By Lisa Carolin
Five Shimizu exchange students and their chaperone have maintained a busy pace during their visit to Chelsea that could compete with a presidential candidate. They even made time to meet up with Mayor Jason Lindauer at the Chelsea TreeHouse on March 30.
The students are on a two-week break from their school located in Shimizu, Japan and will start ninth-grade when they return home. They are part of the exchange program between the two cities that began in 1993.
“That’s when Deborah and Bruce Oakley‘s son Brian was an English teacher at Shimizu Middle School,” explained Chris Frayer, a coach in the program, who has visited Shimizu three times. “Brian thought Shimizu reminded him of Chelsea, and he encouraged the exchange program.”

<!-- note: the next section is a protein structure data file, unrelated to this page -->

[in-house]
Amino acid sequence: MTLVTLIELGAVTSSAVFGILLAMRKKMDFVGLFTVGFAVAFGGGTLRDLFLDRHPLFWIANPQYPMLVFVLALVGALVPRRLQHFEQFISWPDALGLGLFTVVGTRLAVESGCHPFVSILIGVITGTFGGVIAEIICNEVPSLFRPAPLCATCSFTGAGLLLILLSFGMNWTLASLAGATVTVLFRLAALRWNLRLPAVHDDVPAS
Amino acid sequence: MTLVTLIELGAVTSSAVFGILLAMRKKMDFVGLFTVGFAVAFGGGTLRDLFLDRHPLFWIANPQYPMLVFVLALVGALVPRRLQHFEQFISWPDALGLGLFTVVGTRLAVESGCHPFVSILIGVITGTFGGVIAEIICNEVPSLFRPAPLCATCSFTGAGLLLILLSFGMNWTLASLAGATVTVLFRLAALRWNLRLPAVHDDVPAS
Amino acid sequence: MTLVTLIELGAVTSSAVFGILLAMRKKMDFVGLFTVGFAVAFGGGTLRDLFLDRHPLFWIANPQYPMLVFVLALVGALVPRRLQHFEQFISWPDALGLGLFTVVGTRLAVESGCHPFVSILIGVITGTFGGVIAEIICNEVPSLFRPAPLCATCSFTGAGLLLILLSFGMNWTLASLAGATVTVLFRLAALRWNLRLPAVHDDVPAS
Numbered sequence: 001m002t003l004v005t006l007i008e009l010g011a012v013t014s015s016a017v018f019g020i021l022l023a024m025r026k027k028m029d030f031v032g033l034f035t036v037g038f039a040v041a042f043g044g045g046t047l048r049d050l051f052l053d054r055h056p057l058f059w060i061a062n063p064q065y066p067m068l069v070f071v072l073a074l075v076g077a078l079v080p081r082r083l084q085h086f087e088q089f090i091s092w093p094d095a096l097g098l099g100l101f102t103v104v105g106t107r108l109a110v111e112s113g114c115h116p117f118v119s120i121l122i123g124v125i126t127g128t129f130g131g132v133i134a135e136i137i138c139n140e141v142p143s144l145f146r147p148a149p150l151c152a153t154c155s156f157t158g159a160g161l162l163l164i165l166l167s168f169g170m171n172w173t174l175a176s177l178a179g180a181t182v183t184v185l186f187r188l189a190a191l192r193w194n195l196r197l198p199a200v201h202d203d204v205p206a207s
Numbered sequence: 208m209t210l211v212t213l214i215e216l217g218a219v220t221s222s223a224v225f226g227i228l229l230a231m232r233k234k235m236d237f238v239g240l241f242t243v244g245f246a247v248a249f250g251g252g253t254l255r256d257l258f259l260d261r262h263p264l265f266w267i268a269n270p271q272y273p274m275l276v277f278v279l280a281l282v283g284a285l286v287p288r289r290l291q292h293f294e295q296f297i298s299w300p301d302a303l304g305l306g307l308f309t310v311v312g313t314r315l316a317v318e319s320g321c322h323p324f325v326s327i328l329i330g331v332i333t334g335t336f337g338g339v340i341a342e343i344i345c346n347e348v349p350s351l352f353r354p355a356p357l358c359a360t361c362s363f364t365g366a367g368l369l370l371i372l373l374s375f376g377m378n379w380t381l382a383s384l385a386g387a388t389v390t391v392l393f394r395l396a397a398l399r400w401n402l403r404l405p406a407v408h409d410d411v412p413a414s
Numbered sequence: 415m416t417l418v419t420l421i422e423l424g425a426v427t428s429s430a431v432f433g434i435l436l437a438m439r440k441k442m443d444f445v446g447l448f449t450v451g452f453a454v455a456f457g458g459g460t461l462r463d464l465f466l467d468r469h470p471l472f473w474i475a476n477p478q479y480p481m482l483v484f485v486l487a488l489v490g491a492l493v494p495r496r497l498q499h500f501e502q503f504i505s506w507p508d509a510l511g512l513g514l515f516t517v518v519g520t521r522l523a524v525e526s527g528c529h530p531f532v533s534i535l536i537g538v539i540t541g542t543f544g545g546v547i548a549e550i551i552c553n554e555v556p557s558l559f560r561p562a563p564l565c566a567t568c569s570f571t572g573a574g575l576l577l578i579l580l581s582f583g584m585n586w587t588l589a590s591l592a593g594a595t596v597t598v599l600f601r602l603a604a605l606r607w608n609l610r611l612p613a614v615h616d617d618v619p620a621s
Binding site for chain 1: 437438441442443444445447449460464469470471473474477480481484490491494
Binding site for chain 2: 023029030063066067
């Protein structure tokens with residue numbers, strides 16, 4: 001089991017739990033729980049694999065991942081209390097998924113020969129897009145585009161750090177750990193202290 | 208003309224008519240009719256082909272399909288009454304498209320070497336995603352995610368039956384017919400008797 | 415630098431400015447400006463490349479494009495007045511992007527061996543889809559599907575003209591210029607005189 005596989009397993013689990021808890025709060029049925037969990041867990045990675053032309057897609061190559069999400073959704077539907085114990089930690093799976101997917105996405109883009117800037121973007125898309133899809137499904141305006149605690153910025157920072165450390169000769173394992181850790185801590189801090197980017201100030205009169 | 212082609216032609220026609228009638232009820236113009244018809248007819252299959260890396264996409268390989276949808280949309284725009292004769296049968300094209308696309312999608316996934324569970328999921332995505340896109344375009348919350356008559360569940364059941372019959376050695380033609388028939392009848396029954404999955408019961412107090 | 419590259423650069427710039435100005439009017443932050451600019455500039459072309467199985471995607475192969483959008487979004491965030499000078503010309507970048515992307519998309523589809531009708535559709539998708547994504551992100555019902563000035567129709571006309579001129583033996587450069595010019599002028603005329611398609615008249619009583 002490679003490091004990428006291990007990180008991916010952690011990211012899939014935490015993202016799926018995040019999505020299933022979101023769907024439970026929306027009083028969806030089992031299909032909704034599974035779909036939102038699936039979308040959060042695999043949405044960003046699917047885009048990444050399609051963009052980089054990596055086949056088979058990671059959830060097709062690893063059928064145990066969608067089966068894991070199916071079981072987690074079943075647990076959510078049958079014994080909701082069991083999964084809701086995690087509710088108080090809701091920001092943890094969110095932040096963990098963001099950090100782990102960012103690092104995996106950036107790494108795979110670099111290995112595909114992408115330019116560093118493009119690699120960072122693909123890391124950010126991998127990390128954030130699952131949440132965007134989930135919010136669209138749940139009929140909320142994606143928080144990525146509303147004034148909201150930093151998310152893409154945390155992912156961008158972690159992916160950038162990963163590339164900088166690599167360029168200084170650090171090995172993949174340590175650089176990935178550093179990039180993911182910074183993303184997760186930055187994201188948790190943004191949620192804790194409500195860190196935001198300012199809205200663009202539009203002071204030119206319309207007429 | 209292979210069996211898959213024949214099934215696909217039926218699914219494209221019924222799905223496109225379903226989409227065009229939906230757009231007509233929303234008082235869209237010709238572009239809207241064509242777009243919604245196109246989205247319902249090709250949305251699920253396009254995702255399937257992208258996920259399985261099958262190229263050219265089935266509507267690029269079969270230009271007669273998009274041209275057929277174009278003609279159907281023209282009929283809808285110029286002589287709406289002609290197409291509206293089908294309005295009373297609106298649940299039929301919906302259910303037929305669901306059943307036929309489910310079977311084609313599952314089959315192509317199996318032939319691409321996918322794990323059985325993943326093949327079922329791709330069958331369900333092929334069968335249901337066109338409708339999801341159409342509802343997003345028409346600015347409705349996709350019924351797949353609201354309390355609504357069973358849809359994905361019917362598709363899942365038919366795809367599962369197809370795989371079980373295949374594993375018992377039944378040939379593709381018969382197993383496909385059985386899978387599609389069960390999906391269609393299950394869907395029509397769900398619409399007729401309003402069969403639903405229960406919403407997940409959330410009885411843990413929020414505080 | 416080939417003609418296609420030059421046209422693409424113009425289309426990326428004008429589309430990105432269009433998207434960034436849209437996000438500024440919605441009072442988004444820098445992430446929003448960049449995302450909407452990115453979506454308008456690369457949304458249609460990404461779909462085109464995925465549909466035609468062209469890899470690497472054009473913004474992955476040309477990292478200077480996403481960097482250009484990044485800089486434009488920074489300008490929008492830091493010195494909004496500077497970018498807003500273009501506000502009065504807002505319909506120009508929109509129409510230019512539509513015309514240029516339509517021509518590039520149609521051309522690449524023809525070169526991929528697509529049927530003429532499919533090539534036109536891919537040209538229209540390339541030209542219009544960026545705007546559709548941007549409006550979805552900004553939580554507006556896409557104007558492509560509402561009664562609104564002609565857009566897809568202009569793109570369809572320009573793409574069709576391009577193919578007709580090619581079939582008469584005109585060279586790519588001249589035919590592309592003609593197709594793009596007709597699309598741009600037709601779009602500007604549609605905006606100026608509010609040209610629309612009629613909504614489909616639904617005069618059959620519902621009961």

The visiting students and chaperones stay with host families.
“Host families set up the schedule each year based on their love of the area and things they want their guests to experience,” said Frayer.
Their activities have included a walking tour of Chelsea, visiting local businesses, going to Chelsea High School, attending a CHS girls soccer game, as well as visiting the University of Michigan Big House, Tiger Stadium, and the Detroit Institutes of Arts Museum.
The Sister City Association of Chelsea runs the exchange program with the intent, “to further international understanding that contributes to goodwill, cooperation, and peaceful coexistence.”
More than 200 students from Chelsea have participated in the program.
“Chelsea has seven students and two chaperones scheduled to visit Shimizu in June,” said Frayer, who encourages seventh and eighth-grade students interested in the program to apply. “Students who apply are typically interested in the Japanese culture, love to travel, and are open to new experiences.”
They will be in Japan for 10 days and live with host families in the town of Shimizu, which is located on Hokkaido, the northern island.